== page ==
The third graph, above, shows clearly that if electors were not that concerned about the pandemic they were more likely to vote for Trump as president. But if they gave the issue the top priority they were much less likely to do so. The graph illustrates the impact of COVID-19 on voting for the president, while at the same time statistically taking into account a number of other factors that influence voting behaviour.

The latter include attitudes to the economy, the environment, healthcare, law and order and race relations, as well as other important measures such as identifications with the Democratic and Republican parties, liberal-conservative ideological views and socio-demographic characteristics. The probability of voting for Trump is only 42% among voters who thought COVID-19 was the most important issue but 53% among those who prioritised some other issue in the top three.

This pattern is the opposite for that of the economy. More than three-quarters of voters who gave top priority to the economy supported Trump. That number fell to less than one in three among those for whom economic conditions were not a major concern.

These numbers are nearly identical to those for the large group of potential swing voters who think of themselves as political independents and have no attachment to either of the parties. Independents giving top priority to the pandemic made up nearly 13% of the voters in the Cometrends survey and, other things being equal, the probability of them voting for Trump was very mediocre, at just slightly over 40%.

Game-changing virus

As he was preparing for the 2020 campaign, Trump repeatedly emphasised that his case for re-election was strengthened by his demonstrated ability to deliver economic prosperity. Soaring stock prices and record low unemployment numbers for many groups of voters including ethnic and racial minorities, women and young people were helping the president to make his case. Then the pandemic came along and profoundly changed America and the election-year issue agenda.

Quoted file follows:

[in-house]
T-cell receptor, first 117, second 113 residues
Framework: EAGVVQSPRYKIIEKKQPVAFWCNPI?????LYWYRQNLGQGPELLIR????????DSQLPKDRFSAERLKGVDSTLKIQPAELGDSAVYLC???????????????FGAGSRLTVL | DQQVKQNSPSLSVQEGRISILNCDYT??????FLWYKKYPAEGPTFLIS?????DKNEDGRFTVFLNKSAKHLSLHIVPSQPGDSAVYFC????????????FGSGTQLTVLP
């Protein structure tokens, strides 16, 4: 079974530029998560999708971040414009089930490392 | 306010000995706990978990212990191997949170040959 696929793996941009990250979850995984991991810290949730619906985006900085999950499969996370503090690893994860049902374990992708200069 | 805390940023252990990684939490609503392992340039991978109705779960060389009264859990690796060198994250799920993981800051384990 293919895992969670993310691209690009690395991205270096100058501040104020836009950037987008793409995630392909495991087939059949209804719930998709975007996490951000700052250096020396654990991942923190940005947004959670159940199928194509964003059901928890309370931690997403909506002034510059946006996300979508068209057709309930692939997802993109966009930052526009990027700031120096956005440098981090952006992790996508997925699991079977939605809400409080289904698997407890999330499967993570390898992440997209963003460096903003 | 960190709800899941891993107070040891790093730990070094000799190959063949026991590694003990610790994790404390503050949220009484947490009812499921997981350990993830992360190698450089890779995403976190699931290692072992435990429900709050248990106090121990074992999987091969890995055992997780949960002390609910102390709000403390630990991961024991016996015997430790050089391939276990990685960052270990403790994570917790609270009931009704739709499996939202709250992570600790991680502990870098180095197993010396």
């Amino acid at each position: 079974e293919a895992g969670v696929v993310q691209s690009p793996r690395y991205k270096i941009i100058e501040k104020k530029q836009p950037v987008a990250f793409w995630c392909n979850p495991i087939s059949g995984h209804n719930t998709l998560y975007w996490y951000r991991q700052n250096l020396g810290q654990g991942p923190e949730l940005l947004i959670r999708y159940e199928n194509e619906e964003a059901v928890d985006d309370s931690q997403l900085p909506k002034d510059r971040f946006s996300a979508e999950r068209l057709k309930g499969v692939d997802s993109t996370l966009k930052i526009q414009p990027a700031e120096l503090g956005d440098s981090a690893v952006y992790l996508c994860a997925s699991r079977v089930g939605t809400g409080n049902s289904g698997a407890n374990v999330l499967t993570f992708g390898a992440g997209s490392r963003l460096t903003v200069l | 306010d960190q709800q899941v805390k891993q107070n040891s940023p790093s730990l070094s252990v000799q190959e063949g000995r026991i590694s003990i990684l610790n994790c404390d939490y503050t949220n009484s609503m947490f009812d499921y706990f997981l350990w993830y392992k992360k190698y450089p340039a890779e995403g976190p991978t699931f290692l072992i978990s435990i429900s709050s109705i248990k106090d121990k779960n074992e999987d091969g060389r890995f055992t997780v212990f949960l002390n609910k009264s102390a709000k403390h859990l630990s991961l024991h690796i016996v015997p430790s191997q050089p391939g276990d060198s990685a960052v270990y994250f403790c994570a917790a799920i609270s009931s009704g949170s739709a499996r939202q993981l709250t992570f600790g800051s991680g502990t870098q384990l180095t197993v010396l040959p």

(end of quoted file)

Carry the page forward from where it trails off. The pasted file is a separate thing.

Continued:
As the election date of November 3 approached, most people focusing on the economy as the number one priority continued to give Trump high marks. But these people were now a distinct minority of the electorate. COVID-19 had become the dominant issue for millions of Americans and our survey evidence strongly indicates that most of them judged Trump very harshly for how he was handling the crisis. In many cases, those adverse judgements translated into votes for Trump’s opponent, Joe Biden.

Trump may have recovered physically from COVID-19. But his prospects of re-election took a body blow that he would not recover from.

The Conversation

Paul Whiteley receives funding from the British Academy and the Economic and Social Research Council.

Harold D Clarke has received funding from the National Science Foundation (US).

Karl Ho receives funding from Hong Kong Research Grants Council, Taiwan Ministry of Education, Taiwan Fellowship.

Marianne Stewart receives funding from National Science Foundaton (US).


Read the full article here.
This content was originally published by The Conversation. Original publishers retain all rights. It appears here for a limited time before automated archiving. By The Conversation

Covid-19 – Johns Hopkins University